W12 is proud to support the NHS. Surplus funds from W12 venue hire goes to Imperial College Healthcare NHS Trust for the development of front-line and future staff. We’ve always been proud of our relationship with the national health service but now, we are more grateful than ever – so we’ve shared the greatest achievements of our NHS throughout the Coronavirus pandemic.
As of June 3rd, 66,180,731 vaccines have been given by the NHS since early January, with 25.7 million adults in the UK fully vaccinated. This means that 50% of the UK population have had both doses of their Covid-19 vaccination, including the country’s most vulnerable to the virus.
Funding for patient comms
Imperial Health Charity helped to create opportunities for loved ones to communicate with isolated hospital patients by funding faster Wi-Fi and providing tablets for video calls. Due to the highly infectious nature of the Coronavirus, patients admitted to hospital with the virus were unable to accept visitors or leave their wards. This initiative meant that patients could communicate with loved ones during their hospital stay.
Before vaccines were developed, those who were particularly vulnerable to the virus (for example due to age or underlying health conditions), were advised to ‘shield’ from March 2020. This meant that those classed as ‘clinically extremely vulnerable’ were given guidance to stay at home apart from to attend a medical appointment, in case of an emergency or for exercise. Shielding is no longer required, with vulnerable and elderly members of the public the first to be offered a vaccine in December 2020.
The setup and usage of the country’s seven Nightingale hospitals gave the NHS additional capacity during the peak(s) of the Coronavirus outbreak in the UK, providing 4,000 extra beds. The fully functional new ‘hospitals’ were built using inactive concert and events venues which were transformed into spaces for NHS personnel to store and deliver oxygen safely to patients whilst the health system came under strain. A year after their creation, many Nightingale hospitals have been decommissioned, repurposed as vaccine centres or reopened in their original form.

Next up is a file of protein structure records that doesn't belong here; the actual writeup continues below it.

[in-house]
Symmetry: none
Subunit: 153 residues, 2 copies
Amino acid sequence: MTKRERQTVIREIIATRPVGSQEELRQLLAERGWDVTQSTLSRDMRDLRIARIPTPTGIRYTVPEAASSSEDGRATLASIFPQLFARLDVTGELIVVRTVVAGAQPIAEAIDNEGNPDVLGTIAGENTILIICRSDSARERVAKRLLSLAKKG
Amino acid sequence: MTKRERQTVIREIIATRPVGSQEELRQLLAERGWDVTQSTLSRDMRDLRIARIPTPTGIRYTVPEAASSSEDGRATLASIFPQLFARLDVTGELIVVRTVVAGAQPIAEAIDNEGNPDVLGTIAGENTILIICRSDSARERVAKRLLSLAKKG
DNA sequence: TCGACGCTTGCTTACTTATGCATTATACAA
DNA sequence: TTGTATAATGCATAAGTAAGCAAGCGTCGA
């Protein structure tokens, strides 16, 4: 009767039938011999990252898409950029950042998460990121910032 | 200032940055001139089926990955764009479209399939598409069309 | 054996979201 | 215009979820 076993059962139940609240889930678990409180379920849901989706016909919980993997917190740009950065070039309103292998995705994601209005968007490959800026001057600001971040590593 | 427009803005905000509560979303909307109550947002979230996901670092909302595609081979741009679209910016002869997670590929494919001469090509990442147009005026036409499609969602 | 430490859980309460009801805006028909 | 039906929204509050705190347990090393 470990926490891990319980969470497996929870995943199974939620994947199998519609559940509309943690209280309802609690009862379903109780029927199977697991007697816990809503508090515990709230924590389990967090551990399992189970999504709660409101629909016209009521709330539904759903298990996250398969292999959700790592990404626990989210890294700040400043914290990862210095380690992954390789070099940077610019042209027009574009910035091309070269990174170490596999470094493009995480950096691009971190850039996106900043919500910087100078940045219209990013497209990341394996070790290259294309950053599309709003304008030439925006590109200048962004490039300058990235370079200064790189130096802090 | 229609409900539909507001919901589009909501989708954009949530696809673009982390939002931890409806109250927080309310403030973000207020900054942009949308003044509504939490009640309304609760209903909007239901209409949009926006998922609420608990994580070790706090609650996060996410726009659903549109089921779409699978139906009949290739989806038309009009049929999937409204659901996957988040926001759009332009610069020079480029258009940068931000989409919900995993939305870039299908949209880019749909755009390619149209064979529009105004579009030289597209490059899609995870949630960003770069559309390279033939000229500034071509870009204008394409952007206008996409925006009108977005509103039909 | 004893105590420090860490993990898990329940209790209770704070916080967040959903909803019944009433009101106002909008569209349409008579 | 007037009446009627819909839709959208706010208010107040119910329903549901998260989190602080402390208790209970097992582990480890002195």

The existing NHS 111 service became the main triage facility throughout the Coronavirus pandemic in 2020, peaking at almost 950,000 visits to the online platform per day in March (95 times the average daily volume). The service, available via telephone and online, allowed the public to check symptoms and helped to determine whether in-person care would be needed, vitally easing pressure on Accident and Emergency departments.
Track and Trace
In addition to digital and telephone triage, the NHS app became a must-have for anyone with a smartphone in the UK – and is still of importance today. The app gave immediate access to symptom checks, information on local restrictions, isolation notification and now, vaccine logs.
The track and trace process requires ‘checking in’ to hospitality venues and local services to ensure that in the event of a virus outbreak, anyone who has been in attendance can be contacted with notification to isolate and prevent further spread of the virus.
Coronavirus tests were first made available to anyone with symptoms of the virus so that people knew to isolate to prevent further spread (using the NHS app), before introduction of both antibody, rapid and symptom-free tests. Antibody tests reveal whether somebody has ever had Covid-19, whilst rapid lateral flow tests provide a result in just 30 minutes.
Facilities and establishments across the UK became Coronavirus testing stations, with the public able to book a slot online for free and walk or drive-in. Now, Covid-19 tests can be ordered online and completed at home and are widely available for those still going into work or coming into contact with larger numbers of people (for example teachers, who must test at home twice a week).
Electronic Prescription Service (EPS)
With the National Health Service under strain throughout the pandemic and the public required to stay at home, it was imperative that those who required medical assistance were still able to access it. Social media campaigns and advice from the government as well as reputable health authorities shared the importance of continuing to have non-Coronavirus symptoms checked alongside reminders that healthcare was still accessible.
The Electronic Prescription Service allows patients to communicate with GPs digitally or via telephone, book appointments, receive prescriptions and contact-free deliveries for vulnerable patients.